Be Nice: Fayetteville Focuses On Manners
Posted September 19, 2000 7:00 a.m. EDT
FAYETTEVILLE — The South is known for its hospitality, but we still have a lot of work to do. Customer service is often called the number-one problem with American companies. Fayetteville is trying to change that.
The Fayetteville Convention and Visitors Bureau, along withFayetteville Technical Community Collegewants to make sure those experiences are few and far between when people visit the city.
Cargina Taylor says she had a grumpy waitress on a recent trip out to lunch.
"We had to make her smile when she should have come to us with a smile." she says.
That is unacceptable, says Lisbeth Leddin, a customer service instructor and motivational speaker.
"It's a little gesture. 'May I help the next person in line, please?' versus [a grumpy] 'May I help the next person in line?'" she says.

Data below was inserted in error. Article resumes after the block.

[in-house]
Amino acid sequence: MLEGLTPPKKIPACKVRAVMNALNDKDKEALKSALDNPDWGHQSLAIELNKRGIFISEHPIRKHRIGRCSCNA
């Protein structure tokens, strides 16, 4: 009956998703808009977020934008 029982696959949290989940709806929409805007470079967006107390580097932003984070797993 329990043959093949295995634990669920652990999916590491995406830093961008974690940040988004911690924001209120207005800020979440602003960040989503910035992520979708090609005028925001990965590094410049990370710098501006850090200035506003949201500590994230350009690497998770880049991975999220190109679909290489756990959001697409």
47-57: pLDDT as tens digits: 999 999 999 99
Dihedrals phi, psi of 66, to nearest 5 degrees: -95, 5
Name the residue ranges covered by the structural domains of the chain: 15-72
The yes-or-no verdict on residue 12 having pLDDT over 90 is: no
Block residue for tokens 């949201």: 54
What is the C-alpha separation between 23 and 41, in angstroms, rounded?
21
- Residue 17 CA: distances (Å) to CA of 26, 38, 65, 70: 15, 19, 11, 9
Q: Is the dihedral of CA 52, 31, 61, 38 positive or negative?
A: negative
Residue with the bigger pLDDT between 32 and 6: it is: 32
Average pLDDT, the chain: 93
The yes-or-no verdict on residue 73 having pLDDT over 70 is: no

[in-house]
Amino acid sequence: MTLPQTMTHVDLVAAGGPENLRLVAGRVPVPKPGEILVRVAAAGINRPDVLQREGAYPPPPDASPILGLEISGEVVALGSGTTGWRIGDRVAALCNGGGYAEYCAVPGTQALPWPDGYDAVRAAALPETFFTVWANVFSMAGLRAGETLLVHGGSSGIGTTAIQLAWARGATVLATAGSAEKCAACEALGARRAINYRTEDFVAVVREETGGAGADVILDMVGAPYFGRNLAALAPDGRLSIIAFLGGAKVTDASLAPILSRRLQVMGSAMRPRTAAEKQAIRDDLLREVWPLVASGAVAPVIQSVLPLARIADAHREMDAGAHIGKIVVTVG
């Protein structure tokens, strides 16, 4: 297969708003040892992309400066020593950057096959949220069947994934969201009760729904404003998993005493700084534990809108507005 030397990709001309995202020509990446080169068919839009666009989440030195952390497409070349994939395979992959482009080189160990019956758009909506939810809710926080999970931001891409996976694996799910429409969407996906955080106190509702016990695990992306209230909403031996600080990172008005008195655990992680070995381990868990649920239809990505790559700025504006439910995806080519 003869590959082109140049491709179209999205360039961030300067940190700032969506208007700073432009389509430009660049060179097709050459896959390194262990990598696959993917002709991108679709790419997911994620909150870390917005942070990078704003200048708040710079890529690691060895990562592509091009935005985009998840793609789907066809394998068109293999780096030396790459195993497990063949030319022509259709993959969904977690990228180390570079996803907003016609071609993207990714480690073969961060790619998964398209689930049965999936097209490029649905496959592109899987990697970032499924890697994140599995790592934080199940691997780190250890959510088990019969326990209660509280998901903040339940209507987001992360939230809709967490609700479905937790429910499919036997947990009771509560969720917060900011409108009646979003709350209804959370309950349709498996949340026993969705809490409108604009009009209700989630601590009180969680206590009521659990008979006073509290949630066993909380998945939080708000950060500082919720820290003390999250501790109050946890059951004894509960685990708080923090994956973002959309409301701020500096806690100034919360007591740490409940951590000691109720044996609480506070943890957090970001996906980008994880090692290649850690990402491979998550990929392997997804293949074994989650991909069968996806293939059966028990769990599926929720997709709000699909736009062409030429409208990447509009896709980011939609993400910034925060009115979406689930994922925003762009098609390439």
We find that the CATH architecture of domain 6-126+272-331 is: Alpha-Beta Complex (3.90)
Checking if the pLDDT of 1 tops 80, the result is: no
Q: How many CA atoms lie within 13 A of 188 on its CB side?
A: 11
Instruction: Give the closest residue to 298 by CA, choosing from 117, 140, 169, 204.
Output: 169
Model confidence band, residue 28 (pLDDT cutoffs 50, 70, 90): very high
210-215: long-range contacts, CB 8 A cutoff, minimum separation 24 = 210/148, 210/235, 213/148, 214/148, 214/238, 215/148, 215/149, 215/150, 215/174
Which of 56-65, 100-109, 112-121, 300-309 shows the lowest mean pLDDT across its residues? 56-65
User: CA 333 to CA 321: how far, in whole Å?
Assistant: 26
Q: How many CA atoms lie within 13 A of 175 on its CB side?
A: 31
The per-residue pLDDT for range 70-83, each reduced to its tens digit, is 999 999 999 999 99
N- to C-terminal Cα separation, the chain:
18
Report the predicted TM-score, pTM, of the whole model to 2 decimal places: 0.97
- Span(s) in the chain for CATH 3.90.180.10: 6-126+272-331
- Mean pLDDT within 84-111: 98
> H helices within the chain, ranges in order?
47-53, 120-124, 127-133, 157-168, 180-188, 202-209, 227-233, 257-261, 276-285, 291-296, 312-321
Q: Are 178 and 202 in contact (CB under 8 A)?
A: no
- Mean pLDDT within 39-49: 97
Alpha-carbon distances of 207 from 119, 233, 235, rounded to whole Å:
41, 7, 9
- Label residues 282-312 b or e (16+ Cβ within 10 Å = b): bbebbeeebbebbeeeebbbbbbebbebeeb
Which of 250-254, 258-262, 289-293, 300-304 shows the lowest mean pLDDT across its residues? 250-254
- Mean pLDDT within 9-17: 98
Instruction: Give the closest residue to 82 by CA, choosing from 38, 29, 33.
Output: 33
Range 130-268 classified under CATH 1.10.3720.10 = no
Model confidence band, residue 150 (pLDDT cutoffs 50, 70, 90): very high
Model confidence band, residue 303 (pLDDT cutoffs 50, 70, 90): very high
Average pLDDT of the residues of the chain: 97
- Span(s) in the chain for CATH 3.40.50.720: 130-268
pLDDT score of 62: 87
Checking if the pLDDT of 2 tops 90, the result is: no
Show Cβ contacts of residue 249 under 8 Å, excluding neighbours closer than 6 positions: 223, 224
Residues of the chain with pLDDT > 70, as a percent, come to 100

In preparation for theN.C. League of Municipalities Conferencein Fayetteville next month, Leddin is trying to get members of the service industry ready for company.
"They should look at the customer, greet them, take a moment to understand their needs and most importantly, make them feel important," she says.
They should not chew gum, dress sloppily, argue with a customer or be concerned about being right.
It may sound like common sense, but Leddin says most service employees are 18 to 25 years old, having grown up in a generation where many people have not learned proper manners.
Nadja Troublefield knows about the need to smile, even when a customer is not satisfied.
"You have to stay focused most of the time. People don't mean to be mean to you at the front desk, you just say 'OK, I'm sorry.'"
A real testimony for the need for good service: 65 percent of most business is from repeat customers.
The free hospitality training classes will continue through the first week in October.
Politeness is making a comeback. Growing numbers of Americans say that parents need to teach their children good behavior.
According toAmerican Demographics, 59 percent of adults agree that "good manners and politeness" are the most important qualities for parents to instill in children.